Sensuous, sensual, luxurious, voluptuous, sybaritic, epicurean are comparable when they mean having to do with the gratification of the senses or providing pleasure by gratifying the senses.
Both sensuous and sensual can imply reference to the sense organs and to perceptions based on the reactions of these organs and then come very close to sensory in meaning, but more typically both apply to things of the senses as opposed to things of the spirit or intellect. In this use sensuous is more likely to imply gratification of the senses for the sake of the aesthetic pleasure or the delight in beauty of color, sound, or form that is induced while sensual (for fuller treatment see CARNAL ) tends to imply the gratification of the senses or the indulgence of the appetities (as of gluttony and lust) as an end in itself.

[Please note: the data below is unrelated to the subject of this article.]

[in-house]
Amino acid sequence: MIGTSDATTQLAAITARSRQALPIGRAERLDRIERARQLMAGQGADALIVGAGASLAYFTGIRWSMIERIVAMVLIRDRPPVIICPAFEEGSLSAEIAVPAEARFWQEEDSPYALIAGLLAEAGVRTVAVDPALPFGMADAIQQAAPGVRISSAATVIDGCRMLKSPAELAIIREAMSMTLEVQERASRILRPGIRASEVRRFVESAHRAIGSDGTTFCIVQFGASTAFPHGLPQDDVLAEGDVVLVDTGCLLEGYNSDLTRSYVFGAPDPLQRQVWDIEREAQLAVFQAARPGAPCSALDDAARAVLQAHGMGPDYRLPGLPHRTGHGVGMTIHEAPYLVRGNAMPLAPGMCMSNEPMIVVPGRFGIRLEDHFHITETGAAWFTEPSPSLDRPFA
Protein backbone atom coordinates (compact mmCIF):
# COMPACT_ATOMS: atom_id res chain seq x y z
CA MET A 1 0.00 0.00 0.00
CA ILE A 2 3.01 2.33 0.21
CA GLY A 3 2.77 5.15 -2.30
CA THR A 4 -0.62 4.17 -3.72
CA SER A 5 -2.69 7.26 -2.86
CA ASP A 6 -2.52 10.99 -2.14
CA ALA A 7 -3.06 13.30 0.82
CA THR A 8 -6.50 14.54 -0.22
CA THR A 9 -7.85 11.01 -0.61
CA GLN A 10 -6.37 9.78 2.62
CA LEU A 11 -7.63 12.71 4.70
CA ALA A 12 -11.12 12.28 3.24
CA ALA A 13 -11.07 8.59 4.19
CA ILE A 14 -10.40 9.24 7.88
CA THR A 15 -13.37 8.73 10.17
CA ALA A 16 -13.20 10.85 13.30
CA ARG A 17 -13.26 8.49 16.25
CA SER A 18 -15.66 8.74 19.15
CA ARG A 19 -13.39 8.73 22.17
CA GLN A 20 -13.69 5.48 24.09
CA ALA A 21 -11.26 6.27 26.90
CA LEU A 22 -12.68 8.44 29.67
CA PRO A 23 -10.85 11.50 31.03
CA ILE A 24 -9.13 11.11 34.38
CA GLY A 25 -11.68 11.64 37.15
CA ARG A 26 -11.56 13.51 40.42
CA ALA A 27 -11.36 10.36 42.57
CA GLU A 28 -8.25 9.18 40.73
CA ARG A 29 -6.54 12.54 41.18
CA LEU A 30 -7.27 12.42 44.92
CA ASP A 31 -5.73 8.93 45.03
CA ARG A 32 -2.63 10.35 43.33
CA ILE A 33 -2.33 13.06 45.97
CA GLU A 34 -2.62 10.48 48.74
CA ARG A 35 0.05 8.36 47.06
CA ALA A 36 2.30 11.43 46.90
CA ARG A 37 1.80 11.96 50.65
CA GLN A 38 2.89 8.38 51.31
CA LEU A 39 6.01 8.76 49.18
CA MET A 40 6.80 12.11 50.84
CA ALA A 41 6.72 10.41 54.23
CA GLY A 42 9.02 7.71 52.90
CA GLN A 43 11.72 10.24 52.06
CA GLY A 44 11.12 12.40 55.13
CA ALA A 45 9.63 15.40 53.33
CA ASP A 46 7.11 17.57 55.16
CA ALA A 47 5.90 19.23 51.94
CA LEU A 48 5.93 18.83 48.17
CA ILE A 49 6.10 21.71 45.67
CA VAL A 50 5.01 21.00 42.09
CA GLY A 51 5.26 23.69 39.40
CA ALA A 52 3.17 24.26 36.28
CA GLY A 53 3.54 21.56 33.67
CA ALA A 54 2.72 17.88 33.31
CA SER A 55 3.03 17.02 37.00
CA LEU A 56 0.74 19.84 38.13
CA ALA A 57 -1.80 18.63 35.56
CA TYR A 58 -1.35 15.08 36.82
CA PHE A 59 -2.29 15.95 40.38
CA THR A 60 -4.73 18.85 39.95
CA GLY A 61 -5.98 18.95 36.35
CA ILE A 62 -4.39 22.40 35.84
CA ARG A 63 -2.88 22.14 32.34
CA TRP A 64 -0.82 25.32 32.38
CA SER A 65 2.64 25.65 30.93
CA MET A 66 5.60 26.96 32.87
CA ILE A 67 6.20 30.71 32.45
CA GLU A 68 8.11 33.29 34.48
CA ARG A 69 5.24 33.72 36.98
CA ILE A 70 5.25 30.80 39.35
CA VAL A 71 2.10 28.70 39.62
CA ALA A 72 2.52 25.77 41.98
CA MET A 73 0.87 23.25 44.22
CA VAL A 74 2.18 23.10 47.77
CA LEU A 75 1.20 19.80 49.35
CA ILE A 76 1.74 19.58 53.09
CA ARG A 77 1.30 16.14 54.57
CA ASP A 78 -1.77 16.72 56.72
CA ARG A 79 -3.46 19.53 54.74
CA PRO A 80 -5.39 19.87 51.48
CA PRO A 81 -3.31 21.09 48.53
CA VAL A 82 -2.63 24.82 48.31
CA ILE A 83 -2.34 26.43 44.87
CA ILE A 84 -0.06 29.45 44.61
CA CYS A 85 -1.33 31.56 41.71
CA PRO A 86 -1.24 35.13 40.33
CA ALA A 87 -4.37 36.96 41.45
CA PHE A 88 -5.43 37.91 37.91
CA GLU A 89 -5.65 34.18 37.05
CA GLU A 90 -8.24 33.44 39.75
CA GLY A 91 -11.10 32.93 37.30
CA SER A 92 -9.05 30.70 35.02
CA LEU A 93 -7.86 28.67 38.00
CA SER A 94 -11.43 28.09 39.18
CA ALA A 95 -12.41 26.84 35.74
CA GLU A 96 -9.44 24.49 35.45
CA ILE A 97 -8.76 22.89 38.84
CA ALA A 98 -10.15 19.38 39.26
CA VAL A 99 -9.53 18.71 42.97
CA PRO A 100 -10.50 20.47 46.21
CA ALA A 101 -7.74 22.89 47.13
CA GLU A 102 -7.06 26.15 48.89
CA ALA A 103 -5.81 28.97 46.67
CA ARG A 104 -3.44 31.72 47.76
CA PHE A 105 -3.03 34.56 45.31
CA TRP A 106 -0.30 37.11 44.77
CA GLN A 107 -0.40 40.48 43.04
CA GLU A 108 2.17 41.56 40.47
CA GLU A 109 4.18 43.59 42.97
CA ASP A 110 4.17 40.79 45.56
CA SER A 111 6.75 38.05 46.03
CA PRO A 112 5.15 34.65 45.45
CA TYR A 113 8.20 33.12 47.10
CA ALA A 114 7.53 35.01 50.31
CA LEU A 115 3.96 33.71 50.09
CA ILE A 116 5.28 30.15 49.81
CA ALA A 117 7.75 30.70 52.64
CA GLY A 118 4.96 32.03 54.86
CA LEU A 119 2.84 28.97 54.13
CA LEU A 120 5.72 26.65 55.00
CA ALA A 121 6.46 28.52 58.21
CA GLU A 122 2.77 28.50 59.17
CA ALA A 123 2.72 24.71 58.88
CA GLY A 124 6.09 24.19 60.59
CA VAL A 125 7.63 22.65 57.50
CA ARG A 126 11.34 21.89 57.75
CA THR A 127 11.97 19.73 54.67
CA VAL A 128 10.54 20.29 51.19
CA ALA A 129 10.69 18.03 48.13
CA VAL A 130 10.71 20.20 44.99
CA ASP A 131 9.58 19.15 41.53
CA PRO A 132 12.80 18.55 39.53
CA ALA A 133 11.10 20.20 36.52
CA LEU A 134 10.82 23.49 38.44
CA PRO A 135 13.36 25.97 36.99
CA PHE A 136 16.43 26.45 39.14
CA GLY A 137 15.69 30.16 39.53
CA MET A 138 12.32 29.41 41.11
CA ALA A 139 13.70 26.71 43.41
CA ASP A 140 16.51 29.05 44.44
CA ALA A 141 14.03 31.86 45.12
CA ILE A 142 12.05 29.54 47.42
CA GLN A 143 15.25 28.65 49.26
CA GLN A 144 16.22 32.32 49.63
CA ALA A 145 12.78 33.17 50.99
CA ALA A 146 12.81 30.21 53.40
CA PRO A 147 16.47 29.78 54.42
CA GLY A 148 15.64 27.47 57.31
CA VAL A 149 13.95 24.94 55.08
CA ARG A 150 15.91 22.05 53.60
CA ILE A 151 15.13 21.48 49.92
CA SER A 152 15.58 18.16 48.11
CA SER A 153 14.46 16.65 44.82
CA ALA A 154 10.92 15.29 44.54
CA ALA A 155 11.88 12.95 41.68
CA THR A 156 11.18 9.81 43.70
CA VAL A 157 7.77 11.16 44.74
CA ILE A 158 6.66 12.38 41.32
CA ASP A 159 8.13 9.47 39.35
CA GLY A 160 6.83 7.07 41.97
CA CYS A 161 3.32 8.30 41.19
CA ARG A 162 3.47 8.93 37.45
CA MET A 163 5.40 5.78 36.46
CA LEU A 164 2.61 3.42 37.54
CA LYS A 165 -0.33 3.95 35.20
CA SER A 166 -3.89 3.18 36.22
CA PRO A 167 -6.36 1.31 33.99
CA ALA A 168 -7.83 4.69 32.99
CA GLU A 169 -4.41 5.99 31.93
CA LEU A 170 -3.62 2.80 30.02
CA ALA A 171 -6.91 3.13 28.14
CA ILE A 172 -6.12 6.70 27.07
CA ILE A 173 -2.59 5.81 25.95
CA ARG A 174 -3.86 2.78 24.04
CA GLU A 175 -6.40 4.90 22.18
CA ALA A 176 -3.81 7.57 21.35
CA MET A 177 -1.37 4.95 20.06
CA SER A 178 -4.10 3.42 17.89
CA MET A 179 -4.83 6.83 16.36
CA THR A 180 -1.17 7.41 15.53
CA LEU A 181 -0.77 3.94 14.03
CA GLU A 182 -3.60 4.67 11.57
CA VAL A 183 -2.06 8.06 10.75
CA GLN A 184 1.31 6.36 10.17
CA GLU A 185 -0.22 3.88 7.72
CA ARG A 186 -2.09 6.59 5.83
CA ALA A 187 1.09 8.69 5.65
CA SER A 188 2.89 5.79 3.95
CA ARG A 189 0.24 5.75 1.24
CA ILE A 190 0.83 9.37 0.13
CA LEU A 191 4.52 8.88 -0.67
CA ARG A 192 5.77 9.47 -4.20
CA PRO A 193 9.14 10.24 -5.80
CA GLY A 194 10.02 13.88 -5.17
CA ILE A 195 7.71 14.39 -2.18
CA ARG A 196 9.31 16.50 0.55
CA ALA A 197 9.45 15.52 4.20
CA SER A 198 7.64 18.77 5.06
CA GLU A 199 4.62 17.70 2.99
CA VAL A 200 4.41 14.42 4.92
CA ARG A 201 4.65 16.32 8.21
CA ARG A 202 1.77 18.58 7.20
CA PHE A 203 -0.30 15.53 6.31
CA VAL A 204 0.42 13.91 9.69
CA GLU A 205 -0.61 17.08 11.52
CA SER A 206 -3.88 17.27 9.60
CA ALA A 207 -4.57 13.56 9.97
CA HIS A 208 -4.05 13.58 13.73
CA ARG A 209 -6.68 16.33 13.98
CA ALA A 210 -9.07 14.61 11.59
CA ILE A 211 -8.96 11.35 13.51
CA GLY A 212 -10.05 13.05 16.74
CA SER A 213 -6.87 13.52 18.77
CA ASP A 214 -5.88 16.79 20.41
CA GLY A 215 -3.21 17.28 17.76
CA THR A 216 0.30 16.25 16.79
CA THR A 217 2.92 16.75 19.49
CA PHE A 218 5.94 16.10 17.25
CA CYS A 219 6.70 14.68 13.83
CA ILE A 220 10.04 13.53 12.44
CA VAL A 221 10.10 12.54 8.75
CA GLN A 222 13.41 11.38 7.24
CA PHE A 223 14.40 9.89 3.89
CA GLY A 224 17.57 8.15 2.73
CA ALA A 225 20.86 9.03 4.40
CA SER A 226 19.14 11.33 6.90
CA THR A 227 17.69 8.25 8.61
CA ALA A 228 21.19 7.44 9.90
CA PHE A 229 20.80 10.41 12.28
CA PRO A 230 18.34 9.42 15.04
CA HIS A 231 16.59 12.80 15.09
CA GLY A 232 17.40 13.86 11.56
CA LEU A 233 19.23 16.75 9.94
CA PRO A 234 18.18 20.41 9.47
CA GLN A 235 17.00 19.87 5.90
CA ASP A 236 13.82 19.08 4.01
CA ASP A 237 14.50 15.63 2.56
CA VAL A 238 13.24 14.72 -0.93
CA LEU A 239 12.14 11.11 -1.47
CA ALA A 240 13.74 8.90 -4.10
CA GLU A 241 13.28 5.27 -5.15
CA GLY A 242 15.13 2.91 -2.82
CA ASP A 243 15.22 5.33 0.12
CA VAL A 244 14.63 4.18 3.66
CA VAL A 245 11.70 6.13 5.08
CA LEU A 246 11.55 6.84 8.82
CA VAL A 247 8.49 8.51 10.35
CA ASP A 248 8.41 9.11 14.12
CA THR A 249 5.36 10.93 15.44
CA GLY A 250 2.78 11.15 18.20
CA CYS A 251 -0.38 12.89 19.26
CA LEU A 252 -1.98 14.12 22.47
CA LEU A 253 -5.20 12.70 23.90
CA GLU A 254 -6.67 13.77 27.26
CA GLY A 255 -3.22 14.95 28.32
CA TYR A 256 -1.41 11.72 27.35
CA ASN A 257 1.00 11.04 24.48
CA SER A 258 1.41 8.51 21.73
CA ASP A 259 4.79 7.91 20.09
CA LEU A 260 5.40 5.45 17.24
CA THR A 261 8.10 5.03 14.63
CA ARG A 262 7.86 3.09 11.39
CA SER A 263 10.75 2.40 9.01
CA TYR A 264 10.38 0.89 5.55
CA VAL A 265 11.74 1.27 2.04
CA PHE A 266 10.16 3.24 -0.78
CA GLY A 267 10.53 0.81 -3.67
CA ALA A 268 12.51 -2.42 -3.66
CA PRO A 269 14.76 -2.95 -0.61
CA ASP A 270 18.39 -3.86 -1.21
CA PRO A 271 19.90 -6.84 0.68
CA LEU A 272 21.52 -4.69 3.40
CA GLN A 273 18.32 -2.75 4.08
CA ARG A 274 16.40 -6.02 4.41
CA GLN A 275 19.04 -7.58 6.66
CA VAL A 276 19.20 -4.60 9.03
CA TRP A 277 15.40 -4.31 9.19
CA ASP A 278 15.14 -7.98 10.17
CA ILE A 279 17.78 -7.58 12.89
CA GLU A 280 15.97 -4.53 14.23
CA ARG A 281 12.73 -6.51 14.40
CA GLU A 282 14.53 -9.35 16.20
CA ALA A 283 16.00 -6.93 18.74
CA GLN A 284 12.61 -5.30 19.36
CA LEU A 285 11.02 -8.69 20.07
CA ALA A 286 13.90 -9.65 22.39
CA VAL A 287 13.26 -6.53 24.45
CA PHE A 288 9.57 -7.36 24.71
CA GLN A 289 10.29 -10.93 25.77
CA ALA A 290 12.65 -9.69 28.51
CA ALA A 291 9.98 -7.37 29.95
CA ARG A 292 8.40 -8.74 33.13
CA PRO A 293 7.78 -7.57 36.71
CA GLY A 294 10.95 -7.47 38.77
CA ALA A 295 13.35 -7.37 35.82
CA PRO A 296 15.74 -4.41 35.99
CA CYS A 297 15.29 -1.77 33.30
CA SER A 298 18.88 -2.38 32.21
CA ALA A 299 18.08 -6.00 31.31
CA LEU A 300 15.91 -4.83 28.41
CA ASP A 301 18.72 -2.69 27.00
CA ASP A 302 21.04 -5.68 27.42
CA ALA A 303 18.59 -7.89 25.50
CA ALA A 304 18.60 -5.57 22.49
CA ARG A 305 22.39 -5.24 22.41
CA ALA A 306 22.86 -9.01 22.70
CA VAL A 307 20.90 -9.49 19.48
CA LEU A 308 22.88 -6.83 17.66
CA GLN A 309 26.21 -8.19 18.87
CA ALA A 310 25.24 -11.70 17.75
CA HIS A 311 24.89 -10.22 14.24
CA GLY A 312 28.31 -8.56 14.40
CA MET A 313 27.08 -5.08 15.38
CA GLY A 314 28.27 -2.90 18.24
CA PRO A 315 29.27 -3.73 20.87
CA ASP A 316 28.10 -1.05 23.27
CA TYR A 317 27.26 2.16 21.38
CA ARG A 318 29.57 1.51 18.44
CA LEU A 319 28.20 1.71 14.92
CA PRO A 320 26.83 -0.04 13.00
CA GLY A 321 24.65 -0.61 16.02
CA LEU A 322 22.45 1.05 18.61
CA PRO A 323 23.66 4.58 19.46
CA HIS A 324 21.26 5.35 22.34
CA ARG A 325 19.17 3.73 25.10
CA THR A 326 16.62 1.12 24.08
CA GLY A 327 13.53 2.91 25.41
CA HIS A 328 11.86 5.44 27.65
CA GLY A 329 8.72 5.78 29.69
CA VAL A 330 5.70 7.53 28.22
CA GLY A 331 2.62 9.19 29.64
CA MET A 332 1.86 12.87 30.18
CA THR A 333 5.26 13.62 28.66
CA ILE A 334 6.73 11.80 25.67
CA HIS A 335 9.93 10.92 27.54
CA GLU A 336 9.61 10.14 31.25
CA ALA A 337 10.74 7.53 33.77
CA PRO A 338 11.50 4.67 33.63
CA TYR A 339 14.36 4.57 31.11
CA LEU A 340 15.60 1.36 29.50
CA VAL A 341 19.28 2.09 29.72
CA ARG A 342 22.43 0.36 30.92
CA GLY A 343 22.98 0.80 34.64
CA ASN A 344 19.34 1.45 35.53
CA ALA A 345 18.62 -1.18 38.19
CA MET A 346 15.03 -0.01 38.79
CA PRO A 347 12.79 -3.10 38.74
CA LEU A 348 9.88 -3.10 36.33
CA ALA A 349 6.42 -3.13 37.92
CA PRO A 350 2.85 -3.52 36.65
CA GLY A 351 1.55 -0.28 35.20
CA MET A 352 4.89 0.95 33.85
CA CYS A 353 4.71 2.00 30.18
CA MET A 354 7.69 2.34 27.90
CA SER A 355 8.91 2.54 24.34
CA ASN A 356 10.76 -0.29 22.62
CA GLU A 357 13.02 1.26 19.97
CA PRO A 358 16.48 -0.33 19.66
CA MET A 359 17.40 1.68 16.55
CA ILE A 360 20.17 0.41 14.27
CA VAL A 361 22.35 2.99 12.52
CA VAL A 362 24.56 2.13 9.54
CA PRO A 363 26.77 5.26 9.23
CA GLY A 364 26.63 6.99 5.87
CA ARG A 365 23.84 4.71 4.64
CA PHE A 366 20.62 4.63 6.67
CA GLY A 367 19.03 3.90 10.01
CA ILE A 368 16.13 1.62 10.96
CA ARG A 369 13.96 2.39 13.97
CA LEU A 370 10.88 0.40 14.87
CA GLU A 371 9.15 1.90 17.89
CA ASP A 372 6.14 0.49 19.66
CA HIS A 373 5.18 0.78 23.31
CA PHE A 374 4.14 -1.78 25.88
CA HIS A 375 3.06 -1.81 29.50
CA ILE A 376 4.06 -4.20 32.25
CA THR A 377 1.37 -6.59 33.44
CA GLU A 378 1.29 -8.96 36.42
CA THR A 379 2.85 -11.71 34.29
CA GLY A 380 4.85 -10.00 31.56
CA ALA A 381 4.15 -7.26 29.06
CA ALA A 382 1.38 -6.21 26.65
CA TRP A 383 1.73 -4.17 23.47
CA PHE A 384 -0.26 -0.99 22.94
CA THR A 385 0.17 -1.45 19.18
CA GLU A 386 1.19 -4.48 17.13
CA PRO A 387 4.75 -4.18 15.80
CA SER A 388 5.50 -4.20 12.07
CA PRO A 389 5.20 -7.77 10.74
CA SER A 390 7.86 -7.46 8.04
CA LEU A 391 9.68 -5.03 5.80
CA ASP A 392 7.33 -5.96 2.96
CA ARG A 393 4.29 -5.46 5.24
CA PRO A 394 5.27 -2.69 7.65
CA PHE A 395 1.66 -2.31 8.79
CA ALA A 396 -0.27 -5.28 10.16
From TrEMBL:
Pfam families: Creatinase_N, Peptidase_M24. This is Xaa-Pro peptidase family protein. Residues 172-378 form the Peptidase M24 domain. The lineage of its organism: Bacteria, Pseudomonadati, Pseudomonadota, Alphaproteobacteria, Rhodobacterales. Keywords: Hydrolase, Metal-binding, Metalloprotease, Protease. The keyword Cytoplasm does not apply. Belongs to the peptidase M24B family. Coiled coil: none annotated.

As applied to persons or their natures, sensuous often carries an implication of indifference to things of the spirit but it practically never suggests the carnality so often connoted by sensual .
Luxurious (see also LUXURIOUS 2 ) implies indulgence, often self-indulgence, in sensual or, more often, sensuous pleasures, especially pleasures that induce a pleasant languor, delightful ease, or particularly a grateful peace of mind.
Voluptuous also implies giving oneself up to the pleasures of sense but it carries a stronger implication of abandonment to such pleasure for its own sake than does luxurious; also it more frequently carries a suggestion of sensual rather than of sensuous enjoyment.
Sybaritic implies voluptuousness of an overrefined and effeminate sort; usually it suggests indulgence in the rarest and choicest foods and drinks amid surroundings calculated to charm and soothe the senses.
Epicurean may imply sensuality and voluptuousness but more often suggests sensuous rather than sensual delight in the pleasures of eating and drinking and a delicate and fastidious rather than a gross taste.